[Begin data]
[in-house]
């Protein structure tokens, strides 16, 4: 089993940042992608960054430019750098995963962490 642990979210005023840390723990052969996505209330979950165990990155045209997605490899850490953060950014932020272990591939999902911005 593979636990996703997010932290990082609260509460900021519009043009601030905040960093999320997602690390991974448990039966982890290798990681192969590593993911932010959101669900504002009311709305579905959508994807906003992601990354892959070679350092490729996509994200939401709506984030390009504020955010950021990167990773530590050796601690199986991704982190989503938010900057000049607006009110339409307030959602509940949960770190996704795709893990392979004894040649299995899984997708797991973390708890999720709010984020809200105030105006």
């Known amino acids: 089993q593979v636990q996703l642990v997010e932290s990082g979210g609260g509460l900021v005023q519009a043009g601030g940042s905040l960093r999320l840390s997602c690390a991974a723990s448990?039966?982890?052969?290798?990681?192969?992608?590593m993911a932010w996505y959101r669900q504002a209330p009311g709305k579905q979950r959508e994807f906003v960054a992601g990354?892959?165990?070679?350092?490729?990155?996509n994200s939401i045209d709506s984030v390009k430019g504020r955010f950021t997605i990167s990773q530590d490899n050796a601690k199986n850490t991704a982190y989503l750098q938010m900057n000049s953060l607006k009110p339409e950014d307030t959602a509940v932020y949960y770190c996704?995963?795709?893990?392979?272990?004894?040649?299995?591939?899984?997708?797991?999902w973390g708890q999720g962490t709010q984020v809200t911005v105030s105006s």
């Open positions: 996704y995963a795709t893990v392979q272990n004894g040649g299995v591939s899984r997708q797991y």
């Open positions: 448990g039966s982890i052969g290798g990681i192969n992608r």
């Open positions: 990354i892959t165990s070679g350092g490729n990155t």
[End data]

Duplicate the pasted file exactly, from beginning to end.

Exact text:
[in-house]
């Protein structure tokens, strides 16, 4: 089993940042992608960054430019750098995963962490 642990979210005023840390723990052969996505209330979950165990990155045209997605490899850490953060950014932020272990591939999902911005 593979636990996703997010932290990082609260509460900021519009043009601030905040960093999320997602690390991974448990039966982890290798990681192969590593993911932010959101669900504002009311709305579905959508994807906003992601990354892959070679350092490729996509994200939401709506984030390009504020955010950021990167990773530590050796601690199986991704982190989503938010900057000049607006009110339409307030959602509940949960770190996704795709893990392979004894040649299995899984997708797991973390708890999720709010984020809200105030105006």
């Known amino acids: 089993q593979v636990q996703l642990v997010e932290s990082g979210g609260g509460l900021v005023q519009a043009g601030g940042s905040l960093r999320l840390s997602c690390a991974a723990s448990?039966?982890?052969?290798?990681?192969?992608?590593m993911a932010w996505y959101r669900q504002a209330p009311g709305k579905q979950r959508e994807f906003v960054a992601g990354?892959?165990?070679?350092?490729?990155?996509n994200s939401i045209d709506s984030v390009k430019g504020r955010f950021t997605i990167s990773q530590d490899n050796a601690k199986n850490t991704a982190y989503l750098q938010m900057n000049s953060l607006k009110p339409e950014d307030t959602a509940v932020y949960y770190c996704?995963?795709?893990?392979?272990?004894?040649?299995?591939?899984?997708?797991?999902w973390g708890q999720g962490t709010q984020v809200t911005v105030s105006s």
């Open positions: 996704y995963a795709t893990v392979q272990n004894g040649g299995v591939s899984r997708q797991y």
């Open positions: 448990g039966s982890i052969g290798g990681i192969n992608r």
């Open positions: 990354i892959t165990s070679g350092g490729n990155t």